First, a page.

Way out in Victoria’s west, headed as far across the plains as one can be before you hit the South Australian border, the little town of Edenhope is surrounded by big sky sheep and wheat farms – the kind where the average shearer knocks off a hearty feast of meat and boiled veg on a break in between ewes.
In the local memorial halls, and in big farm kitchens, egg and lettuce sandwiches and scones running thick with cream and jam have long been the favoured fare.
But now Alexandria King is shaking things up, bringing salads and roast vegetables to the dinner plates of shearers, farmers and local people across the district. And they are loving it.
“Edenhope has been very much based on the three veg and meat dinner menu, with fresh produce really hard to find out here. I wanted to change their experience with food and to bring different experiences to the table – and the local community have been really supportive,” Alexandria says.
More than half of the food Kings Katering and Farm Produce provide through catering is grown outside Alexandria’s kitchen window, on an urban microfarm sprawling across a number of houseblocks, tended by her husband, Lucas.
Alexandria studied biomedical science and Lucas studied land management, but the couple moved back to Alexandria’s home town after time away in the city to put down some roots – creating a home for three children.
“It was a conscious decision to raise the kids in Edenhope,” Alexandria says.
“It’s a safe community, it’s a good place to raise kids because everybody looks out for them and helps you raise the kids in a sense.”
While she studied science, it was her part-time job in a restaurant and then the opportunity to cook for her parents back in Edenhope that ignited Alexandria’s love of food.
“I started to play with relishes because I didn’t like seeing the garden produce that we had grown go to waste.
“It wasn’t an environmental thought for a start. It’s money you have spent on water and seed and effort that you have invested in growing produce, so you don’t want to just throw it in the bin once it gets to the kitchen.
“Now I am sort of known for everything salad. My focus is primarily on healthy foods – I want to nourish my children and myself so we live a long healthy life and people really appreciate the flavour of home grown produce when it is in season.”
Alexandria started her catering business from home in 2013 and has built up a clientele across the region, from Horsham to Mt Gambier and sometimes beyond.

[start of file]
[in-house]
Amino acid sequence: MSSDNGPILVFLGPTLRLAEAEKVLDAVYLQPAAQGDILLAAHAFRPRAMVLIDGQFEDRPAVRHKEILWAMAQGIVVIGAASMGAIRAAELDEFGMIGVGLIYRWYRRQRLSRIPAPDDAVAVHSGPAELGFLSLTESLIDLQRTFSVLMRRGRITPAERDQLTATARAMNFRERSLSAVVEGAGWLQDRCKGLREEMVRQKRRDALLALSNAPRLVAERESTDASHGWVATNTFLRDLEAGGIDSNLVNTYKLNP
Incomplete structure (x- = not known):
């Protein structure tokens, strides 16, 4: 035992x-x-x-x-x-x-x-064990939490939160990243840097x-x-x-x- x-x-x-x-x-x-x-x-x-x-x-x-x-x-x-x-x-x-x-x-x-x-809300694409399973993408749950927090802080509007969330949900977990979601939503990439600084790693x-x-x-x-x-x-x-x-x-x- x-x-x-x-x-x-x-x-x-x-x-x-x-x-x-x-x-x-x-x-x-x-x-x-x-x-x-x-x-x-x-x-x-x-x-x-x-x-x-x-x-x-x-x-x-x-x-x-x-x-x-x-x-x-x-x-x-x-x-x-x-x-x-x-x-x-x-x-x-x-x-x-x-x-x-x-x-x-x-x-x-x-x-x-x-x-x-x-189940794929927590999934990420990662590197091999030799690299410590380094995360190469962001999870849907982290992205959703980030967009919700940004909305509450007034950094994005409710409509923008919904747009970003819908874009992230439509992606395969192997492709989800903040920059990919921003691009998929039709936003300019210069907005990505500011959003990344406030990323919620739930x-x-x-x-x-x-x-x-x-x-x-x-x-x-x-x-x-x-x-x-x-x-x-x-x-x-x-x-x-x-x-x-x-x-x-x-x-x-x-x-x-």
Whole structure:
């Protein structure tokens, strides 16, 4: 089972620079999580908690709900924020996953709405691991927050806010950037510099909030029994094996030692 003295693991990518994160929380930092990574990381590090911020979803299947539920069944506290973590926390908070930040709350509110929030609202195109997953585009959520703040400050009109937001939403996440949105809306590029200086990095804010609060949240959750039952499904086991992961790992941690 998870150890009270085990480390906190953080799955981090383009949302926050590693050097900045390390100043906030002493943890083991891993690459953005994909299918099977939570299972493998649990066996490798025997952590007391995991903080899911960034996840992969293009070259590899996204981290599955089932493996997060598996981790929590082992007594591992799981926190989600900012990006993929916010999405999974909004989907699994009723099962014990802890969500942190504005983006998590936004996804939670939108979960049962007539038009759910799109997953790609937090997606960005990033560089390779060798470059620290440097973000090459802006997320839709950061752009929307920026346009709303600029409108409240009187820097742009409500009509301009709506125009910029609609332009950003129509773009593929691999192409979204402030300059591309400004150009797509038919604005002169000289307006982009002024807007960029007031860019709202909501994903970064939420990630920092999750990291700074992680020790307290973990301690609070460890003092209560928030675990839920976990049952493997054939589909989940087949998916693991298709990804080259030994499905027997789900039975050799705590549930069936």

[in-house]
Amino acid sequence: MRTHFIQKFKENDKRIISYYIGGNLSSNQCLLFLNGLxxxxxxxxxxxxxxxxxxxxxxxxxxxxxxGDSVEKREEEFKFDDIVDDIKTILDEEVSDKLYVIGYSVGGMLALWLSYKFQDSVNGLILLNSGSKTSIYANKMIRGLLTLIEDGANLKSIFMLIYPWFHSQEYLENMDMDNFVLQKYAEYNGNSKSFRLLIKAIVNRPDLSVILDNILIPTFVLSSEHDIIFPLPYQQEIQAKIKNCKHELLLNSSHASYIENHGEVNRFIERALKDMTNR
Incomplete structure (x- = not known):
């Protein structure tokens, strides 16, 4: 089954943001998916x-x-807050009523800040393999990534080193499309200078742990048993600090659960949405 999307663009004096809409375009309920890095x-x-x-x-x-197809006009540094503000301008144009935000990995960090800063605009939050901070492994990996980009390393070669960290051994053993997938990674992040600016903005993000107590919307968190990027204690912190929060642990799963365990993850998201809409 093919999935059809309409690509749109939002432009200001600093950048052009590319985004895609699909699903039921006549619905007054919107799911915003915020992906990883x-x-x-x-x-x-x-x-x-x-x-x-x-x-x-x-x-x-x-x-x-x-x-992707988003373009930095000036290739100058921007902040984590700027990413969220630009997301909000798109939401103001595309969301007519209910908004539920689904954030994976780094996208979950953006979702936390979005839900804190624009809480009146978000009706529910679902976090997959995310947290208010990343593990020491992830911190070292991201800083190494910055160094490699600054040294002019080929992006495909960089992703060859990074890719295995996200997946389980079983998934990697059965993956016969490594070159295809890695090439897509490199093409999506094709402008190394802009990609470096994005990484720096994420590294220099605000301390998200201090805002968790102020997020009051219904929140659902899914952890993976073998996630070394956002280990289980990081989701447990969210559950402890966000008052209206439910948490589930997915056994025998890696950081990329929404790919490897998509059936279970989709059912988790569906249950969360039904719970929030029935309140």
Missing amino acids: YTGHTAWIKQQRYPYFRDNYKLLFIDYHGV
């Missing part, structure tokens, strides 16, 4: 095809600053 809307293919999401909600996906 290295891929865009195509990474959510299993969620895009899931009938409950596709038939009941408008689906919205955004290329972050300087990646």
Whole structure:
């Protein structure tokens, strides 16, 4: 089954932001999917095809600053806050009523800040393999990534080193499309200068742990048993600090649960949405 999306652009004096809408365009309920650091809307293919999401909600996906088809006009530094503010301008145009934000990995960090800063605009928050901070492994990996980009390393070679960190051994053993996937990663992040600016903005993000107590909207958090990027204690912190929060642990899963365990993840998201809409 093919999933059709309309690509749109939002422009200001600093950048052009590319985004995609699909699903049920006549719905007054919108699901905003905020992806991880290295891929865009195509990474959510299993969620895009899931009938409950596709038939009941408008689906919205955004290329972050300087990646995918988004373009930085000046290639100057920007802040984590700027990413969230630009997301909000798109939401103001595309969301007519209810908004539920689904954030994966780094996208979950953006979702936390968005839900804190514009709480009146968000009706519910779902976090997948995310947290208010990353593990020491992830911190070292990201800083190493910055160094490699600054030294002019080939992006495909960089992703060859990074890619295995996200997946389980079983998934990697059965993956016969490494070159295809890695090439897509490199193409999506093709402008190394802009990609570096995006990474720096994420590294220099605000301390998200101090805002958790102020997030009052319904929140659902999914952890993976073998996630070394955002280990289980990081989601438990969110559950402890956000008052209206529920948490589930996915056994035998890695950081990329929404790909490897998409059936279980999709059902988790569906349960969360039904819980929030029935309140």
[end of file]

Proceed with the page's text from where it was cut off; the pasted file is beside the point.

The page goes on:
Lucas established his intensive market garden on blocks next door to his house in 2016, while working part-time, and now sells salad mixes through four local businesses, as well as providing veggie boxes to the local community.
“I do a $25 veggie box and it’s got a range of what I am growing in there, depending on what is in season,” Lucas says.
“I send out boxes once or twice each week, or deliver them. It’s a pretty simple system, I just send a message out on Facebook messenger and people give the thumbs up if they want one delivered.”
Lucas has a clear sense of why he has chosen to pursue his market garden plans.
“There were a number of reasons; I wanted to be my own boss, work from home, be closer to the kids and produce things that you want to produce. There are probably other reasons, but that’s enough isn’t it?” he says with a smile.
Lucas started the garden after studying other micro-farmers online, in particular a Canadian, Curtis Stone.
“There is definitely a future for more intensive farms – it’s a growing trend. People want more fresh organic food and there is more scope for these types of farms to exist in small communities,” Lucas says.
Lucas is now leaving his job to work full-time as an urban farmer.
“It took a little while to learn how much people would buy, and how much to grow, but there is a lot of potential – the sky is the limit.”
Alexandria says while the business has taken time to develop, the close-knit local community has been a tremendous support – showing their appreciation for the couple’s hard work and initiative.
“We didn’t get the clients straight away, but everyone was really supportive and keen to help you thrive,” Alexandria says.